Two Chicago families who became embroiled in a hospital identity mix-up are suing Chicago city and Mercy Hospital.
The relatives of Alfonso Bennett and Elisha Brittman have taken out a wrongful death lawsuit after two sisters agreed to end life support for a man they were told by police was their brother – only for their real sibling to turn up alive and well.
They are accusing the hospital and city of negligence and inflicting emotional stress, with the plaintiffs seeking more than $50,000 from each defendant.
The relatives of Alfonso Bennett (pictured) and Elisha Brittman have taken out a wrongful death lawsuit after two sisters agreed to end life support for a man they were told by police was their brother – only for their real sibling to turn up alive and well
The man who had passed away was later correctly identified as Elisha Brittman, 69 (pictured)
Brenda Bennett-Johnson (left) and her sister, Rosie Brooks (right), said hospital staff told them that police used old mug shots to determine that the man on life support was indeed their brother
The families say the mix-up could have been avoided if Mr Brittman had been properly fingerprinted when he was admitted to hospital with life-threatening injuries.
On May 13, Rosie Brooks received a phone call from Mercy Hospital in Chicago informing her that her brother, Alfonso Bennett, was in intensive care.
The man had been found naked on the streets on city’s South Side on April 29 and was badly beaten, particularly in the face. He did not have ID.
Brooks and her sister, Brenda Bennett-Johnson, went to the hospital to check up on their ‘sibling’.
‘They had him on the ventilator, and they had a tube in his mouth,’ Brooks told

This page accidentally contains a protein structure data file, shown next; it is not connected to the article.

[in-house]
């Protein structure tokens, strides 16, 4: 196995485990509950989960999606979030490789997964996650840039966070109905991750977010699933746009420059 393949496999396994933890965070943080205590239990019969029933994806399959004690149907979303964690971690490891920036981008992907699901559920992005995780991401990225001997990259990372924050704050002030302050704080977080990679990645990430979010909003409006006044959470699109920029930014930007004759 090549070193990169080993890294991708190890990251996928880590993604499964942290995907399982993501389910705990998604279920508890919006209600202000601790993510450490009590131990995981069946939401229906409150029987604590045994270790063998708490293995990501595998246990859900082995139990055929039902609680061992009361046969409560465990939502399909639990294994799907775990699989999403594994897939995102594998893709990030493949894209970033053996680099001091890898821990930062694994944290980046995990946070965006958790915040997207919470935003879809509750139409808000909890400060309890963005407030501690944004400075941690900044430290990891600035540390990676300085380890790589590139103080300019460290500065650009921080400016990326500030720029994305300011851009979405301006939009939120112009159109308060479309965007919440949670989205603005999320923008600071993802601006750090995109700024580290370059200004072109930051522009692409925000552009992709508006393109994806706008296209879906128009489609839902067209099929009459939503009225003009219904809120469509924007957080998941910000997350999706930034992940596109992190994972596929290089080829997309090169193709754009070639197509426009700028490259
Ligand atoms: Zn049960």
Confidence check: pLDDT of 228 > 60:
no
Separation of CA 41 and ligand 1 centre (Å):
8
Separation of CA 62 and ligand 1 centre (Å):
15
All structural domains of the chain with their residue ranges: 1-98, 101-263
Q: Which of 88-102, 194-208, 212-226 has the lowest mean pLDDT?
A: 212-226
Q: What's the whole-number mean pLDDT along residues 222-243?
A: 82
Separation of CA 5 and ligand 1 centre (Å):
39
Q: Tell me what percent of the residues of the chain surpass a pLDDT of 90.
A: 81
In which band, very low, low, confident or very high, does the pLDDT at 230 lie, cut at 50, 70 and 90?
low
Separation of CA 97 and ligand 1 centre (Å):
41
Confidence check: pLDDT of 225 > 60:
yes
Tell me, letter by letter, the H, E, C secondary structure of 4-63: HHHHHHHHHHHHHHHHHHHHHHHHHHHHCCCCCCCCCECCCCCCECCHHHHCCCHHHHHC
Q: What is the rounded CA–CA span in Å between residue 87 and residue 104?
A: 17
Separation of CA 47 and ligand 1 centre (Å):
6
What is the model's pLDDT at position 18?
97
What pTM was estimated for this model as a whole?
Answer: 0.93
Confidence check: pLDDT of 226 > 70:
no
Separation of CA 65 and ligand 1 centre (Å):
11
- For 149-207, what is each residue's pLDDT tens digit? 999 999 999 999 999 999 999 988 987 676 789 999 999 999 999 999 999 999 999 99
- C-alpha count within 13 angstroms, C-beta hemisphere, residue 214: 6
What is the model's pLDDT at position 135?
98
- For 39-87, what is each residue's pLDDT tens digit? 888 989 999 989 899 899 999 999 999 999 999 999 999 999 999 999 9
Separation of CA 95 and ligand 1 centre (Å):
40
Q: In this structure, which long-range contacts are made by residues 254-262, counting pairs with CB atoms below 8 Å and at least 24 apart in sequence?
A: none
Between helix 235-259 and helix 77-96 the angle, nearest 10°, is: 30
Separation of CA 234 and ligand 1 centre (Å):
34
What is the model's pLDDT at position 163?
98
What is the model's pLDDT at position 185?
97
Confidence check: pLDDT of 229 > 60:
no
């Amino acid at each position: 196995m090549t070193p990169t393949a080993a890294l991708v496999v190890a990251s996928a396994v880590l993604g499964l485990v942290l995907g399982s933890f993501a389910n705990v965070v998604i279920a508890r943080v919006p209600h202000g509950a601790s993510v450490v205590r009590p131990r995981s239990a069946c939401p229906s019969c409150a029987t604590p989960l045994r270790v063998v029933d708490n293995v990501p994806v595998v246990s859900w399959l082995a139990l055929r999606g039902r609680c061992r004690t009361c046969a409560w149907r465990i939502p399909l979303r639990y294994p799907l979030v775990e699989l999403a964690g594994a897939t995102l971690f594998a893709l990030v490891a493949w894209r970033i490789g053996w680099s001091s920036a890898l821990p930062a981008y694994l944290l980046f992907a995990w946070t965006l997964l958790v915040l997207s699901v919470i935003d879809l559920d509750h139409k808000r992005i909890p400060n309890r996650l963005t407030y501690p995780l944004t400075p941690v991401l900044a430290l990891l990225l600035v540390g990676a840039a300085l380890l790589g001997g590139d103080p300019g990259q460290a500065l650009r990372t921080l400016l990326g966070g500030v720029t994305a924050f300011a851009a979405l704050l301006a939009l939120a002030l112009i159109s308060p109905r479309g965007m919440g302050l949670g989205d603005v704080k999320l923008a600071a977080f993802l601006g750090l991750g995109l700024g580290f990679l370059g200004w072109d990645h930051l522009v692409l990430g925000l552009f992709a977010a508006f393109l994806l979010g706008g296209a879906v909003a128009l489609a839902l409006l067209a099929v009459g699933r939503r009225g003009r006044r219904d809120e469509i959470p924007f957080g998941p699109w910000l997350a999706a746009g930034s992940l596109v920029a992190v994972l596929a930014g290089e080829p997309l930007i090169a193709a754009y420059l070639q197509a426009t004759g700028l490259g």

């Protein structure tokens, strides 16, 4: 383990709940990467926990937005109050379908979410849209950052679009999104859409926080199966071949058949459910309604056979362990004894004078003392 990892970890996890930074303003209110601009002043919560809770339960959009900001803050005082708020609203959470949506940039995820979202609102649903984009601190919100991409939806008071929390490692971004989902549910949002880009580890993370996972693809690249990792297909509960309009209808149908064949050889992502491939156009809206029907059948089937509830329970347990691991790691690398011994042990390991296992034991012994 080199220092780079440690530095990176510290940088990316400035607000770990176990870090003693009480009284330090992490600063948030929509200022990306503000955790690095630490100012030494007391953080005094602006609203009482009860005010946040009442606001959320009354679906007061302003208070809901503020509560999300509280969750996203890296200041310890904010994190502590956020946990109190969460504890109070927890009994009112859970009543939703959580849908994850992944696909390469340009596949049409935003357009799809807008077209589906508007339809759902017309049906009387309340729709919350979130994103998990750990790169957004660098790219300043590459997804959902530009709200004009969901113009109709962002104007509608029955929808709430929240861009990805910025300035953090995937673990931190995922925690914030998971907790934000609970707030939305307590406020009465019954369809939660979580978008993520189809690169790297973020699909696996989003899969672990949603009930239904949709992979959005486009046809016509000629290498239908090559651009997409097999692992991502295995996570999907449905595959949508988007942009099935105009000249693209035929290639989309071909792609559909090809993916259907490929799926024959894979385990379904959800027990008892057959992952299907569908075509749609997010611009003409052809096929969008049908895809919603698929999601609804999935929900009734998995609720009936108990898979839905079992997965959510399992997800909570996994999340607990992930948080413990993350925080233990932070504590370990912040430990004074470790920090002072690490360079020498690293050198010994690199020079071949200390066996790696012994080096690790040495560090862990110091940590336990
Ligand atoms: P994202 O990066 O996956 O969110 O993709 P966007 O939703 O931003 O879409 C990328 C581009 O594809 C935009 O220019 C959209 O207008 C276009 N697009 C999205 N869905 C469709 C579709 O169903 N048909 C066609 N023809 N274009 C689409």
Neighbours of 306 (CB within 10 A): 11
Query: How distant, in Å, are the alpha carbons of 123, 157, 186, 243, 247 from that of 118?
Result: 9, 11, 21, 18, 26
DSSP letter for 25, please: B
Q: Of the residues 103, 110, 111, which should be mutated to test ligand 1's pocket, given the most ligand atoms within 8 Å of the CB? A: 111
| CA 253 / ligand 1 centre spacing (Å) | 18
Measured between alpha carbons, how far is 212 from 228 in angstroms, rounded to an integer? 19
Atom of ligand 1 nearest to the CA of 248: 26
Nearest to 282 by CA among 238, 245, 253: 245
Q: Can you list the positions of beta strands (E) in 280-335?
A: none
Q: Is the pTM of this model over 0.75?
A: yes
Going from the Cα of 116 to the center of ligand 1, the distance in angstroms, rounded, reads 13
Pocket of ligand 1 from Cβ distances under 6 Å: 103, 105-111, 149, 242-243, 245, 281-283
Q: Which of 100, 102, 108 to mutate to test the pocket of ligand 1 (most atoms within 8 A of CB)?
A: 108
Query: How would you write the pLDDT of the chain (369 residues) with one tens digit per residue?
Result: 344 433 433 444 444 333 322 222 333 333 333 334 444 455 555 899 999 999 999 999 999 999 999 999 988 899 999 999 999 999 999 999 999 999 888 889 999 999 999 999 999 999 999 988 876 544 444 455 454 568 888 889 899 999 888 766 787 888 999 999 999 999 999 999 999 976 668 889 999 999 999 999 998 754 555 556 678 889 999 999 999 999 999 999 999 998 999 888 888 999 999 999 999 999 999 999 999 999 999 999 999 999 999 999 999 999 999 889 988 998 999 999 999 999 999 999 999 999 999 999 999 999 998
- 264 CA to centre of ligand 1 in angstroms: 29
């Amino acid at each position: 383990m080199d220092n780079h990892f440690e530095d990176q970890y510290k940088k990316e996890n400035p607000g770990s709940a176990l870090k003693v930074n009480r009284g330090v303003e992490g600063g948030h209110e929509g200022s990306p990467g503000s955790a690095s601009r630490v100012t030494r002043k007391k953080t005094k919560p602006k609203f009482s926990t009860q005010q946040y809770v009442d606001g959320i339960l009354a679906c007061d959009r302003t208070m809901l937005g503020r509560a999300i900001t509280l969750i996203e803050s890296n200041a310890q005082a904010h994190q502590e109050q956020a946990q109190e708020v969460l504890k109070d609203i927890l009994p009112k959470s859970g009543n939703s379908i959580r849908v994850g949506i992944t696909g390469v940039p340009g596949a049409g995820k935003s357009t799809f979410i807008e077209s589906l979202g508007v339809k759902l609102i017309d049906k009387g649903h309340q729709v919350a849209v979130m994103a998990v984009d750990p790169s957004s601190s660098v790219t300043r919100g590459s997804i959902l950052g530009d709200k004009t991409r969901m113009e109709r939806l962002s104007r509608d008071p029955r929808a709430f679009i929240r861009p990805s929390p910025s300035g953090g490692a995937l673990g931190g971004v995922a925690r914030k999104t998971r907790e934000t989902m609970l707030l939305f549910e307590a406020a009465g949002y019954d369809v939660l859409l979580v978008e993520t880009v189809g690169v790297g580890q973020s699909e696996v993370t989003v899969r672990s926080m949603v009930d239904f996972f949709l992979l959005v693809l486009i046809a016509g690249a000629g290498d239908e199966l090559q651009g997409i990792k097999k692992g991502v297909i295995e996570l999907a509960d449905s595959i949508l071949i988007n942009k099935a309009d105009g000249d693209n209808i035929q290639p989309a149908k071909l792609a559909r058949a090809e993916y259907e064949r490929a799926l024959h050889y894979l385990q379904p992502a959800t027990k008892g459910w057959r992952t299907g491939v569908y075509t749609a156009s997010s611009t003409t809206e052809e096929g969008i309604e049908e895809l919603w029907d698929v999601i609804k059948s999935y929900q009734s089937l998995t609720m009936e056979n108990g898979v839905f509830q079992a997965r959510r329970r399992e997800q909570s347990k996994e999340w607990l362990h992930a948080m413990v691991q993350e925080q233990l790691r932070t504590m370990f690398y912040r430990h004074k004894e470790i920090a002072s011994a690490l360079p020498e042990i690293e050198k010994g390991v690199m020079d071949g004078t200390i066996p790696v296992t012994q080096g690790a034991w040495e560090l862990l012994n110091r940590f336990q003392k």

Chicago Police informed the hospital that the man on life support was Alfonso Bennett, but the sisters weren’t so sure.
‘They kept saying CPD identified this person as our brother,’ Bennett-Johnson said.
A nurse told the sisters that police identified the man as Alfonso Bennett, who had a criminal record, using prior mugshots.
Police told the hospital that they did not use fingerprint to definitively ID the man because of budget cuts.
‘You don’t identify a person through a mugshot versus fingerprints,’ Bennett-Johnson said.
‘Fingerprints carries everything.’
The man on life support was responding to commands by raising his hand. But he never opened his eyes.
When it became apparent that his condition was deteriorating, the sisters agreed to allow the hospital to take him off life support.
They also agreed to let doctors perform a tracheotomy – an incision in the windpipe made to relieve an obstruction to breathing.
Soon afterward, the man was placed in hospice care.
‘Within minutes he was ice cold,’ Bennett-Johnson said.
After he died, the sisters made funeral arrangements. They bought a suit and a casket to prepare for the burial of the man they were told was their brother.
Sometime before the funeral, they received a phone call from one of their sisters.
‘She called my sister Yolanda to say, ‘It’s a miracle! It’s a miracle!’ said Brooks.
‘Brenda! Brenda! It’s Alfonso! It’s Alfonso!’ I said, ‘You’re kidding!’
The man who was eventually taken off life support (above) was found badly beaten on the streets on Chicago’s South Side in late April. He was eventually taken off life support and placed into hospice before he died
‘I could have almost had a heart attack,’ Bennett-Johnson said.
Alfonso Bennett was alive and well. He had just paid one of his sisters a visit.
‘It’s sad that it happened like that,’ Bennett-Johnson said.
‘If it was our brother and we had to go through that, that would have been a different thing.
‘We made all kinds of decisions on someone that wasn’t our family.’
The man who had passed away was later correctly identified as Elisha Brittman, 69.
When asked to comment, Mercy Hospital said: ‘The family did identify this patient as their brother.’